The sugarcane farmers of KwaZulu-Natal report collective damages of more than R300 million. Not only were crops and farm infrastructure washed away in raging floodwaters, but some farmers will need to replant their fields completely as root rot sets in in waterlogged fields.
The South African Farmers Development Association (Safda) released a report late yesterday afternoon, saying that its members have lost R49 million’s worth of crops and R42 million in infrastructure such as buildings, farm roads and irrigation systems. The report came just hours after Canegrowers SA released its damage estimate of R223 million.
Safda executive chairperson Dr Siyabonga Madlala says that the report is preliminary as the organisation’s mostly small-scale farmers are continuously reporting more damages.
Some farmers have lost all of their cane or cash crops as more than 1 500 hectares of fields and soil have been washed away. “For these farmers, the appropriate intervention will be a complete replant,” the report says. “At an estimated cost of R32 000 per hectare for replanting, this amounts to a total of R49 million.”
Most of Safda’s farmers have to deal with waterlogging, which is now causing root rot and leaching of inputs from the soil. Inputs such as fertiliser and chemicals were also swept from storage facilities.
A further worry is the total crop loss for cash and subsistence farmers who had planted vegetables and now have no food for household consumption or to sell for cash. The association hopes that assistance with seedlings, fertiliser and food parcels will relieve these families’ immediate needs.
Damage to small-scale farmers’ infrastructure
Although engineers and technicians are yet to do assessments and calculations, the Safda farmers’ estimate of their infrastructure loss is R42 million.
In many areas, farm roads, in-field roads and bridges are too damaged to navigate. “This poses a serious threat which will last beyond the rainy season. When the rain is over, mills will open and farmers will be expected to deliver their cane produce from crushing. This will not be possible before the collapsed farm bridges and roads are repaired.
“Farmers in irrigated areas have experienced severe damages as pipes and pumps were eroded. [And] a lot of farmers reported to have had their farm buildings damaged by the rain and others were completely flooded,” says Madlala.
SA Canegrowers lose over R200 million
The SA Canegrowers Association released a separate report yesterday morning, saying that its survey of member farmers in rural KwaZulu-Natal painted a similar picture to that of Safda: extensive damage to cane fields, farm infrastructure and access routes which allow growers to deliver their cane to mills, to obtain inputs and to transport workers.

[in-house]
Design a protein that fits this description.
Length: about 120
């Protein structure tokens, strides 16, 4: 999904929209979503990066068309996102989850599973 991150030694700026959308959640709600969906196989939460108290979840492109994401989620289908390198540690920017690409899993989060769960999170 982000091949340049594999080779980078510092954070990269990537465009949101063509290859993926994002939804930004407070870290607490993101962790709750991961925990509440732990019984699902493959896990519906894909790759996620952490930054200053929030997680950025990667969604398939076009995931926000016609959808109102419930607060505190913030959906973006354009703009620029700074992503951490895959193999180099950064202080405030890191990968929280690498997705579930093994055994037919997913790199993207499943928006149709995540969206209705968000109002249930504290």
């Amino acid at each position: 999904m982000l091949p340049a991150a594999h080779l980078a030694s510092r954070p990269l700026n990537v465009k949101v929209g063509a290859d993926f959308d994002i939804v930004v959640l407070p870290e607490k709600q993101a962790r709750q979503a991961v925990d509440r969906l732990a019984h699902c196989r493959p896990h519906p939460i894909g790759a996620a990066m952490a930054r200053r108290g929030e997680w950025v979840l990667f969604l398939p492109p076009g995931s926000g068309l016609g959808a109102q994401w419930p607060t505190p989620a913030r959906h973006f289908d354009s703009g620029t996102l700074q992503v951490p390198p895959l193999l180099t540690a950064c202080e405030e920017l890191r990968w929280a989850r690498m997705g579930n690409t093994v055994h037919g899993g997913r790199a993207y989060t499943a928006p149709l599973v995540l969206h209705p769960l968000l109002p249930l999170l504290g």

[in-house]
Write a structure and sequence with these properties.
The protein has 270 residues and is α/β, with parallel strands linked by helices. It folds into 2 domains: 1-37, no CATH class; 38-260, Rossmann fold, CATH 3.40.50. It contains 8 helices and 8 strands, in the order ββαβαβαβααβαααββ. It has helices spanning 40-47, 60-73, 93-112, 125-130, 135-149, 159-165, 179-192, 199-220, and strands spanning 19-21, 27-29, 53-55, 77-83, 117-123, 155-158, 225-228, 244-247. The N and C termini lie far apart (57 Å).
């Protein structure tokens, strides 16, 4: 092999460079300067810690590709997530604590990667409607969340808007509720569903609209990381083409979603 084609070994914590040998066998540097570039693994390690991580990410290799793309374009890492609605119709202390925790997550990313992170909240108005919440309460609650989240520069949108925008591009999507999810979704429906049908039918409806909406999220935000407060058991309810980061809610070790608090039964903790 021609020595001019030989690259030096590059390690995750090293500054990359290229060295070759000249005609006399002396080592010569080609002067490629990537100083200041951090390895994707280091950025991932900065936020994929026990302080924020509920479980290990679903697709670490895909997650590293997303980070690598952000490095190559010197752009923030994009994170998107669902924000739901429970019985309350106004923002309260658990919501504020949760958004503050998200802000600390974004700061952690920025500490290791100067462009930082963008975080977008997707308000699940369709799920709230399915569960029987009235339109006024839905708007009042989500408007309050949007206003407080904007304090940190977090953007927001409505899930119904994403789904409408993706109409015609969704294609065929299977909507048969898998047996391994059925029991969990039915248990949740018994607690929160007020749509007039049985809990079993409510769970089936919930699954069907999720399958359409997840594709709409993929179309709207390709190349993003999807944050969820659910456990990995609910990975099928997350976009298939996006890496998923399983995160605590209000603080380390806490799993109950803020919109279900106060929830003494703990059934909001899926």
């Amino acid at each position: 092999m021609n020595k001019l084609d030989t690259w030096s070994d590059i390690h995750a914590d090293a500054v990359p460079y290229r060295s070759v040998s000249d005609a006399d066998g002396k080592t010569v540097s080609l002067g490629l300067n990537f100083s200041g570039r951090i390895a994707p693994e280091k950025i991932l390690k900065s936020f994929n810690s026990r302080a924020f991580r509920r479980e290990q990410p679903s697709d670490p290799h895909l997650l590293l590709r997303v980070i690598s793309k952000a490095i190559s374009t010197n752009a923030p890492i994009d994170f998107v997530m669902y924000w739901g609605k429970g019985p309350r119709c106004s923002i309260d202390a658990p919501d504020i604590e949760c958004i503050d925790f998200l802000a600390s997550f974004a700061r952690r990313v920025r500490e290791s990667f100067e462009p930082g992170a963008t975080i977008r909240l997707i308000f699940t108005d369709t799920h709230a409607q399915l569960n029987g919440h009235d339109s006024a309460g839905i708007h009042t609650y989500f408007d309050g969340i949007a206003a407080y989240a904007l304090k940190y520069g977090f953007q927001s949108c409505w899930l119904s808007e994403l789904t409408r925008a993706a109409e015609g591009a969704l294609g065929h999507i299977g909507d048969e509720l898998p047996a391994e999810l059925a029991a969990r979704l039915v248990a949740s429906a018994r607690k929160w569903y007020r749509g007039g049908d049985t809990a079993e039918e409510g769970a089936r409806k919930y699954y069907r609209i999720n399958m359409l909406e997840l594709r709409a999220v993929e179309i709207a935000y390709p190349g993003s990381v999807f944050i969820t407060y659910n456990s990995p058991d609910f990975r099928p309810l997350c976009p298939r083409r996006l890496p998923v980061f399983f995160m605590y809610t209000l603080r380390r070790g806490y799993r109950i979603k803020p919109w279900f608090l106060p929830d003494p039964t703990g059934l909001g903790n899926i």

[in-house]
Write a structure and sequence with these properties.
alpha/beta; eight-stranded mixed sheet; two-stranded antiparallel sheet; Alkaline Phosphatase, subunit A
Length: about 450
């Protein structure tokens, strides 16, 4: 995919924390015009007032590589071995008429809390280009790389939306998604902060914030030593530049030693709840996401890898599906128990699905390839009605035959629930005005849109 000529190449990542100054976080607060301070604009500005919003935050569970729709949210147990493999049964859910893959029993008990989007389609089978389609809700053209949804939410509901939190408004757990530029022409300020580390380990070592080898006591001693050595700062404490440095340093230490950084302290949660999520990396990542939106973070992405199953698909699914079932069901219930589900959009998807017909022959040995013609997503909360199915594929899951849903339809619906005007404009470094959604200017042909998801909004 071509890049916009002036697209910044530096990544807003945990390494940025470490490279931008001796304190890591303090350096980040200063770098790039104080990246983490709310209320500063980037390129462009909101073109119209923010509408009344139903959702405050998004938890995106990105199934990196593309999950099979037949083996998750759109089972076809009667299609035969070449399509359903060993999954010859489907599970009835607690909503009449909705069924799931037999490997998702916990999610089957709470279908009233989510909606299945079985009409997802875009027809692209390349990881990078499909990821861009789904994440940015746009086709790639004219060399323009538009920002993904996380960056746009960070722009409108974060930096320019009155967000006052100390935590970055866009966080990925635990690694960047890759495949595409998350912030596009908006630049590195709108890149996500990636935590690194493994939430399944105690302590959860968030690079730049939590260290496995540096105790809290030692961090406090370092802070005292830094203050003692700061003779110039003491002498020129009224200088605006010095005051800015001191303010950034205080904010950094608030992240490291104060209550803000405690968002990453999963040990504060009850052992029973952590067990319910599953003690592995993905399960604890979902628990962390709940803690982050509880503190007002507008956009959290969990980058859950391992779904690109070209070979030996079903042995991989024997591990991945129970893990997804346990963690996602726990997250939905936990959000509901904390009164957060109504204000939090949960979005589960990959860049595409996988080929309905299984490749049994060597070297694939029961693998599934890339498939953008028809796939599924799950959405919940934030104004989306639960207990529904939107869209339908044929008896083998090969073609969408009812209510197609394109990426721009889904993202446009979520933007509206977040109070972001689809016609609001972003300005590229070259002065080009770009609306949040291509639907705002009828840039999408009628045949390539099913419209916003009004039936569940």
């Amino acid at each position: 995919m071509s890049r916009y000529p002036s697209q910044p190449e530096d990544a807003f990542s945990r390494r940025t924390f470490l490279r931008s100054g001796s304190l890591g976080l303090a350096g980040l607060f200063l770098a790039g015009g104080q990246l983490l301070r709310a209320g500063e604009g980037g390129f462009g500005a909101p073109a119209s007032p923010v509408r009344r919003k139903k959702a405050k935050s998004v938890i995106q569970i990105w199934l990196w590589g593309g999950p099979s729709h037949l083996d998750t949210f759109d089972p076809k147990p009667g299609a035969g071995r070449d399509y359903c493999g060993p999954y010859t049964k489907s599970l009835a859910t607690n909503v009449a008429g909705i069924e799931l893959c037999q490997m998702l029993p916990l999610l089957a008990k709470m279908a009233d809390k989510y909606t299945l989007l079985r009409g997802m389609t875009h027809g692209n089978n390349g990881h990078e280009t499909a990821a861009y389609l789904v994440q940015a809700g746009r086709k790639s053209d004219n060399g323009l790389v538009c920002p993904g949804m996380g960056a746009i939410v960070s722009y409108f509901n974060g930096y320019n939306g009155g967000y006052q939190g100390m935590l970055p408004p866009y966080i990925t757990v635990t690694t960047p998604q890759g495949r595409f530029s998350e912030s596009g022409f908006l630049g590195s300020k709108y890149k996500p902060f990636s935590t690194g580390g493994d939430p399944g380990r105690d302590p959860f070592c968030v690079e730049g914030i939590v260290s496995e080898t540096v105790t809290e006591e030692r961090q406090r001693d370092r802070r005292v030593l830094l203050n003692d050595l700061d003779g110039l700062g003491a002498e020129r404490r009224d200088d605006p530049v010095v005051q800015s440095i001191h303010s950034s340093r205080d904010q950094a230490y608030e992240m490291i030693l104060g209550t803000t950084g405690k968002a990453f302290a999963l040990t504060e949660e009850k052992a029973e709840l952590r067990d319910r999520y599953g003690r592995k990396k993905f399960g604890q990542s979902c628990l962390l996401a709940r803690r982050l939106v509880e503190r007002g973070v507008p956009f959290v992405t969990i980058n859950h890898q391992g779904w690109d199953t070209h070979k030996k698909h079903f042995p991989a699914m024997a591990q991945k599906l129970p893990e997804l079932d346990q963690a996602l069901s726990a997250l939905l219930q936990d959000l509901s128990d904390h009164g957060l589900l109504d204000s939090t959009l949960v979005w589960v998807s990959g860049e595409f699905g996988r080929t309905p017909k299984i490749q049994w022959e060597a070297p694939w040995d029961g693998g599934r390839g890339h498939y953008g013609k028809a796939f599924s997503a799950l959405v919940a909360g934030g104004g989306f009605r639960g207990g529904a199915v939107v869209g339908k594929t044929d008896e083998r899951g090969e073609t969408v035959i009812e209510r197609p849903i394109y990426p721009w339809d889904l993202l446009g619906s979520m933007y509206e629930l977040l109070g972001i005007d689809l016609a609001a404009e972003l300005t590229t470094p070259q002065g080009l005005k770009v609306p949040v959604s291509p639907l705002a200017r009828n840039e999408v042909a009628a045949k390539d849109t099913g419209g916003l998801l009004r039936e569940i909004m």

Over 300 growers had responded to the survey and reported over 2 500 hectares of extensive crop and root damage. All of these fields will need to be replanted. Crop damage comes to an estimated R195 million, while farm infrastructure to the value of R28 million has been destroyed.
“This catastrophic damage comes just as many cane growers are starting to recover from the riots and arson attacks that took place in July last year,” says Thomas Funke, SA Canegrowers CEO. The unrest saw over half a million tonnes of cane being burnt and brought about R84 million in losses.
“It is clear that this latest tragedy could be the final death knell for hundreds of cane growers and the rural livelihoods they support. In particular, small-scale growers are most at risk of not recovering from losses of this magnitude.”
SA Canegrowers has submitted a report to the departments of agriculture, land reform and rural development, and trade, industry and competition, and says it welcomes the national state of disaster and mobilisation of more resources to the province. “It is vital that these plans include assistance for the sugar industry, which provides more than one million livelihoods where they are desperately needed in rural communities,” the CEO adds.
“SA Canegrowers remains committed to working closely with government to ensure critical relief is provided to growers severely impacted by the recent catastrophic events. With our industry continuing to face a number of challenges including the influx of cheap imports and the health promotion levy, we need to do all we can to assist these growers to rebuild so they continue to support the workers and communities who depend on them. “
Provincial government assesses damages
Meanwhile, the spokesperson for the KwaZulu-Natal department of agriculture and rural development, Zethu Ndlovu, says the department is busy with its own assessment of farm damage across the province. Its latest available figure is R68 million, reports Food For Mzansi journalist Zolani Sinxo.
“We are still having challenges to reach other areas as they are not accessible due to roads being damaged. We also can’t collect information due to network challenges.
“A preliminary report has been prepared and submitted to the provincial disaster management centre for consolidation of sector inputs.”
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